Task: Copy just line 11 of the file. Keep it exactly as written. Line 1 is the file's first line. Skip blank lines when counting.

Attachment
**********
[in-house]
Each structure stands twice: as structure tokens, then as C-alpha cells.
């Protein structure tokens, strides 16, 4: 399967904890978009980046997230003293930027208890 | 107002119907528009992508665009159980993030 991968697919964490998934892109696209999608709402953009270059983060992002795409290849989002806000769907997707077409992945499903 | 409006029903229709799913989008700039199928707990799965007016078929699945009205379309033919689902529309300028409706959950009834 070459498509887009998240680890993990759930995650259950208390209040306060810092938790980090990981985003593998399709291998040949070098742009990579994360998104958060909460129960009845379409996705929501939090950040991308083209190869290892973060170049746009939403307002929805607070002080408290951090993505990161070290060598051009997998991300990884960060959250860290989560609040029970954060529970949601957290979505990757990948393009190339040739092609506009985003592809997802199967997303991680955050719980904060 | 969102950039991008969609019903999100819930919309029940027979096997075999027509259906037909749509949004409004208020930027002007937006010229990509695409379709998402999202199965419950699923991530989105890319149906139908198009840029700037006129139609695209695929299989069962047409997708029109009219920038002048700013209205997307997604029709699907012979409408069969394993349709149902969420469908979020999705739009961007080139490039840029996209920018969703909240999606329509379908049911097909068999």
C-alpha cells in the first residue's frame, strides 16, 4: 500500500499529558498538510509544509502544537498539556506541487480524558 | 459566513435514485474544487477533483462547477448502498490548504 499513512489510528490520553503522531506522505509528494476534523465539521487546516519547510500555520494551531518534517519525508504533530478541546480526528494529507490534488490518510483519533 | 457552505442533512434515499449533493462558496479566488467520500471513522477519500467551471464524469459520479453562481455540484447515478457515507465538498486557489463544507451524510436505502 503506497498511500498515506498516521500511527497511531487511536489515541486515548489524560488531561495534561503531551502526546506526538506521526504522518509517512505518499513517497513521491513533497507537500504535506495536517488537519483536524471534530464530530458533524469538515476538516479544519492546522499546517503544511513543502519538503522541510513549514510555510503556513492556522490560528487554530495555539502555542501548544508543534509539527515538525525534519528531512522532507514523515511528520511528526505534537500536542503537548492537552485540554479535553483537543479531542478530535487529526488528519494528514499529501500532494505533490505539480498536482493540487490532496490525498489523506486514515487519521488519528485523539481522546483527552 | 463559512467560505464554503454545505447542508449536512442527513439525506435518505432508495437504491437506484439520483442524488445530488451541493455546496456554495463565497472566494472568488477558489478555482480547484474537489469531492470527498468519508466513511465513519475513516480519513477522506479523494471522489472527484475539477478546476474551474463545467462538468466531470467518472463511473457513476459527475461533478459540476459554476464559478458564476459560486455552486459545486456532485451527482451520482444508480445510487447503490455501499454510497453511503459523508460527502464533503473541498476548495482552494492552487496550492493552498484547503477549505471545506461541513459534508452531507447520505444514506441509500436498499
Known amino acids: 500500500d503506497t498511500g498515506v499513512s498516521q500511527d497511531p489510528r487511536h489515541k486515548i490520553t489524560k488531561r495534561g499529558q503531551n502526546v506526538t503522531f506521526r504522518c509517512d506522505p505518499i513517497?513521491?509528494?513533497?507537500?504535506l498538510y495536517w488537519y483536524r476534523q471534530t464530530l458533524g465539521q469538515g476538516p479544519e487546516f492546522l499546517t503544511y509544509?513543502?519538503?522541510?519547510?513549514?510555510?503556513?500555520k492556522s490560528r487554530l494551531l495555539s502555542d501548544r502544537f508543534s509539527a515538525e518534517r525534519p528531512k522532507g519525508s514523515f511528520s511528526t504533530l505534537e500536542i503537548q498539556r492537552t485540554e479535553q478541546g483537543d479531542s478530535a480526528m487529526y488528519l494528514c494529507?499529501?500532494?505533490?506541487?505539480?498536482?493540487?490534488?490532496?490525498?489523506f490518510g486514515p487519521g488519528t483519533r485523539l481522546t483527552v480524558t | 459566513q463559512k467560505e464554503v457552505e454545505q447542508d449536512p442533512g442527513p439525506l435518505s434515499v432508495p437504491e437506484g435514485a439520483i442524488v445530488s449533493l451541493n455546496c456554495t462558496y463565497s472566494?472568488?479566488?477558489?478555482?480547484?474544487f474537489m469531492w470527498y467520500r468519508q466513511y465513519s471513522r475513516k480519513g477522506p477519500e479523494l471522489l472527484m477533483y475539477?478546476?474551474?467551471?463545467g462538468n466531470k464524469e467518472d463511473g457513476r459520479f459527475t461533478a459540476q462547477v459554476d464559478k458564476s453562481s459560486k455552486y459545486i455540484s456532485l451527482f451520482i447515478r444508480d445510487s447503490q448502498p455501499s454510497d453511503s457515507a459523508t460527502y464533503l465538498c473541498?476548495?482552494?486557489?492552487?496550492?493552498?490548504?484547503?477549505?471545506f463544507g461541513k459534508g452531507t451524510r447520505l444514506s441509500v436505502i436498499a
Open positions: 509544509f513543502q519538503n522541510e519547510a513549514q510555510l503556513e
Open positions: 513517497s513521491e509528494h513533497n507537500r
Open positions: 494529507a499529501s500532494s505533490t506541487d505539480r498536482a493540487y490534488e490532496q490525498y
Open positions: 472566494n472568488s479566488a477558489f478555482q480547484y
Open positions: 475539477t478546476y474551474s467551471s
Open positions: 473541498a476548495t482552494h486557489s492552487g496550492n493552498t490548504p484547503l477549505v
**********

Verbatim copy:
Open positions: 473541498a476548495t482552494h486557489s492552487g496550492n493552498t490548504p484547503l477549505v